The accident site was located near the intersection of High Crossing Boulevard and Wayne Terrace in Madison, Wisconsin. High Crossing Boulevard is a 4-lane road with a grass median which contains light poles. The airplane impacted a street light at a point approximately 8 feet above the ground. Pieces of the outboard section of the left wing were located on the ground near the street light. The ground/pavement was burned in a triangular pattern starting just after the light pole and ending at the main wreckage. The airplane continued across the westbound lanes of High Crossing Boulevard coming to rest on the grass in front of the Capitol City Ford Dealership located at 5422 Wayne Terrace.

The wreckage was burned aft of the engine firewall. The fuselage and wings were destroyed by fire. The empennage separated from the airplane during the impact sequence and was located approximately 100 feet behind the main wreckage.

METEOROLOGICAL INFORMATION

MSN, located approximately 2 miles west of the accident site, reported the following weather conditions:

At 1853: Wind 230 degrees at 5 knots; 10 statue miles visibility; clear sky; temperature 28 degrees Celsius; dew point 19 degrees Celsius; altimeter 29.96 inches of mercury.

MEDICAL AND PATHOLOGICAL INFORMATION

An autopsy was performed on the pilot for the Dane County Coroner's Office, at the Waukesha County Medical Examiner's Office, Waukesha, Wisconsin, on August 2, 2004.

A Forensic Toxicology Fatal Accident Report was prepared by the FAA Civil Aerospace Medical Institute, Oklahoma City, Oklahoma. Negative results were reported for all tests performed.

TESTS AND RESEARCH

Engine Teardown

The engine sustained impact damage to the crankcase, intake and exhaust pipes, magnetos, oil sump, and the number one cylinder ignition lead. The intake push rods for the number one and number six cylinders were bent. The number 2, number 4, and number 6 cylinders sustained external heat damage. A hole was present in the top of the crankcase at the number two cylinder. A belt driven supercharger and a belt driven alternator were mounted on the front of the engine. The inside of the exhaust pipes contained oil residue.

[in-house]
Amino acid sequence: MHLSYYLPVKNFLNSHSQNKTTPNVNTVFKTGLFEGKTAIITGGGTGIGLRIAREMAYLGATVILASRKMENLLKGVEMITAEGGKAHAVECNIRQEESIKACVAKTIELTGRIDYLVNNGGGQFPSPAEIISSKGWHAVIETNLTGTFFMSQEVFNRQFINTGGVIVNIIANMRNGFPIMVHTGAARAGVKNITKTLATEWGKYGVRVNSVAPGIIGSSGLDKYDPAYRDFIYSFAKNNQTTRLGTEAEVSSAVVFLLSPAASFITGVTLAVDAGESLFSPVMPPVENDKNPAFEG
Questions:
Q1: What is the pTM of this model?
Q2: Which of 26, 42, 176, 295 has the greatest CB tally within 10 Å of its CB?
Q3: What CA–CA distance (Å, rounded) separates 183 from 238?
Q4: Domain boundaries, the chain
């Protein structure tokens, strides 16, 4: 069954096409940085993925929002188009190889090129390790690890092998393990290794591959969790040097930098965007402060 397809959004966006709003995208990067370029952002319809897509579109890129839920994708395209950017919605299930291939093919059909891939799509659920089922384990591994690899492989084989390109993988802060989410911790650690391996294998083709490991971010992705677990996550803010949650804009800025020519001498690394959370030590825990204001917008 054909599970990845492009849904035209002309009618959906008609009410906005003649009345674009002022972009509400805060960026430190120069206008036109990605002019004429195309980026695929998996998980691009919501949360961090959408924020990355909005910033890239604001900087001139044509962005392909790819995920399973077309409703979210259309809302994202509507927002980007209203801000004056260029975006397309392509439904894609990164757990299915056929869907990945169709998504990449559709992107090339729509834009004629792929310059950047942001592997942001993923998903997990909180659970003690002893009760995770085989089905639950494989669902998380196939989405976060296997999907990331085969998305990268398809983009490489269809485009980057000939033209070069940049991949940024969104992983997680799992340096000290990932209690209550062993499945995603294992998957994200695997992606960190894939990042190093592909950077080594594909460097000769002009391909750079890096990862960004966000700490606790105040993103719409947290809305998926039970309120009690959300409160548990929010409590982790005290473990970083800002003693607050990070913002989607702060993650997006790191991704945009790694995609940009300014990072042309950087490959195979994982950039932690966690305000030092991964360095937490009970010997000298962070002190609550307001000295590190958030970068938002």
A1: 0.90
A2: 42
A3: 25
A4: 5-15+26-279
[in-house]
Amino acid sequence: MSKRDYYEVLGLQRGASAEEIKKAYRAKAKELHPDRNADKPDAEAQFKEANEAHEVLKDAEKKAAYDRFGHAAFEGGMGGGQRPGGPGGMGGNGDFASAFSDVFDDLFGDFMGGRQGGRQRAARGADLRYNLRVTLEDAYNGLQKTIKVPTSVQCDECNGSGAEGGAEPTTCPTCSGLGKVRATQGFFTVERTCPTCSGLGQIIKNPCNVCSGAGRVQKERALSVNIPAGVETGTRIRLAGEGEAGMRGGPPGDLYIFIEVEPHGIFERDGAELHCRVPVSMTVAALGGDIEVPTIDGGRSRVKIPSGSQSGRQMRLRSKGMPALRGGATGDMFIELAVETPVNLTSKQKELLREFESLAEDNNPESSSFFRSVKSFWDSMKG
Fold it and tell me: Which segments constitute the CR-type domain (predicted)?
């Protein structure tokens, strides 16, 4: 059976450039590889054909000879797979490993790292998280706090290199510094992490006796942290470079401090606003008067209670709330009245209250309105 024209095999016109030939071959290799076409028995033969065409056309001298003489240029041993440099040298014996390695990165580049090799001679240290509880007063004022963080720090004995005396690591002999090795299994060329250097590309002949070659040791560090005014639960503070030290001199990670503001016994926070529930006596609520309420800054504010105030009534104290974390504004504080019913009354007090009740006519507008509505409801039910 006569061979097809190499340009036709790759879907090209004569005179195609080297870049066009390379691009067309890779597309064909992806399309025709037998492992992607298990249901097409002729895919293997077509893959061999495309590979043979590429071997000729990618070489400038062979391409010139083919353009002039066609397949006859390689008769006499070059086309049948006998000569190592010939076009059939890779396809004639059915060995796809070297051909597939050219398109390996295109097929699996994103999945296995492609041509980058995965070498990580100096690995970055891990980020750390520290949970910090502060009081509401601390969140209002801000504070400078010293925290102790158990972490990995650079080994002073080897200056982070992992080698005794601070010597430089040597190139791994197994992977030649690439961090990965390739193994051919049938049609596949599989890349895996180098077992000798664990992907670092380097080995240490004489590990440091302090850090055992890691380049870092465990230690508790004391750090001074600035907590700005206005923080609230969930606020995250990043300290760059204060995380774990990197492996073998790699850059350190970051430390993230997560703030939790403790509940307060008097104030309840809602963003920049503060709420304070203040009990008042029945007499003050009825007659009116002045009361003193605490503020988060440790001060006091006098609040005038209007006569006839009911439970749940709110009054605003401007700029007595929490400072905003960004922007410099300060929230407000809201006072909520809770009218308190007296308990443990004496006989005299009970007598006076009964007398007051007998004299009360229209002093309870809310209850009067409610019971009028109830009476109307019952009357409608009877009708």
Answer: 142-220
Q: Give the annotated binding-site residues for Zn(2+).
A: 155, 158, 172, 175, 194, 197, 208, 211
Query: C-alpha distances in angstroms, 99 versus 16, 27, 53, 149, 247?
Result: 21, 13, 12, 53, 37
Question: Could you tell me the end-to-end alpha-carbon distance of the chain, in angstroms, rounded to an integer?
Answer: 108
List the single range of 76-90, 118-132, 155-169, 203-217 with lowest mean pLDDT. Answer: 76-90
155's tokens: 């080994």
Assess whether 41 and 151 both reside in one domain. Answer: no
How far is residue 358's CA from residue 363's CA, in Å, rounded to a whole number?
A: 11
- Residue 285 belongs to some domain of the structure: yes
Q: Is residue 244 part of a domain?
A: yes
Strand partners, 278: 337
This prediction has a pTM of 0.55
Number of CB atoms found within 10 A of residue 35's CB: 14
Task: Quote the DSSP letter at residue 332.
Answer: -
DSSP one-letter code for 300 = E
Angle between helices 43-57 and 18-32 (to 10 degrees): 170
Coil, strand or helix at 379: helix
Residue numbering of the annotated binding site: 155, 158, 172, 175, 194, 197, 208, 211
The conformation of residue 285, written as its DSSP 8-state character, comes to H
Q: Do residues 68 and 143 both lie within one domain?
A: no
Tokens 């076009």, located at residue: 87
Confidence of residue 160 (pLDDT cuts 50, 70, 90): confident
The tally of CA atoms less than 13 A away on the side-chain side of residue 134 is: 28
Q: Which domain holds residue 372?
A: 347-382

The oil sump was removed from the engine. The sump contained oil and pieces of metal. The oil pump contained pieces of metal debris. The pump drive shaft was sheared and rotational scratches were visible on the housing walls. The sheared surface of the shaft showed characteristics indicative of an overload failure. The oil filter was removed from the engine and opened. The filter contained metal particles.

The spark plugs were dark in color. The spark plugs for the number three cylinder were oil soaked and contained metal deposits. A portion of the porcelain core on the number three cylinder top plug was missing. Slick 6320 pressurized magnetos were installed on the engine. Both magneto cases had sustained impact damage and they were broken open.

The fuel pump drive coupling was intact and the pump rotated freely. The fuel manifold valve was opened. The manifold diaphragm was intact. The screen was clean and residual fuel was present. The fuel injector lines had sustained impact damage. The fuel injector nozzles for the number one, three, and five cylinders were broken. The nozzles for the remaining cylinders were clear.

The supercharger was intact and free to rotate. The inlet control butterfly valve was intact as was the pop-off valve.

The number one cylinder had sustained impact damage. The number one piston was jammed into the cylinder and could not be removed. Internal impact damage was visible on the piston skirt, cylinder wall, and crankcase. The connecting rod, piston rings, and piston pin were intact. The intake valve push rod was bent.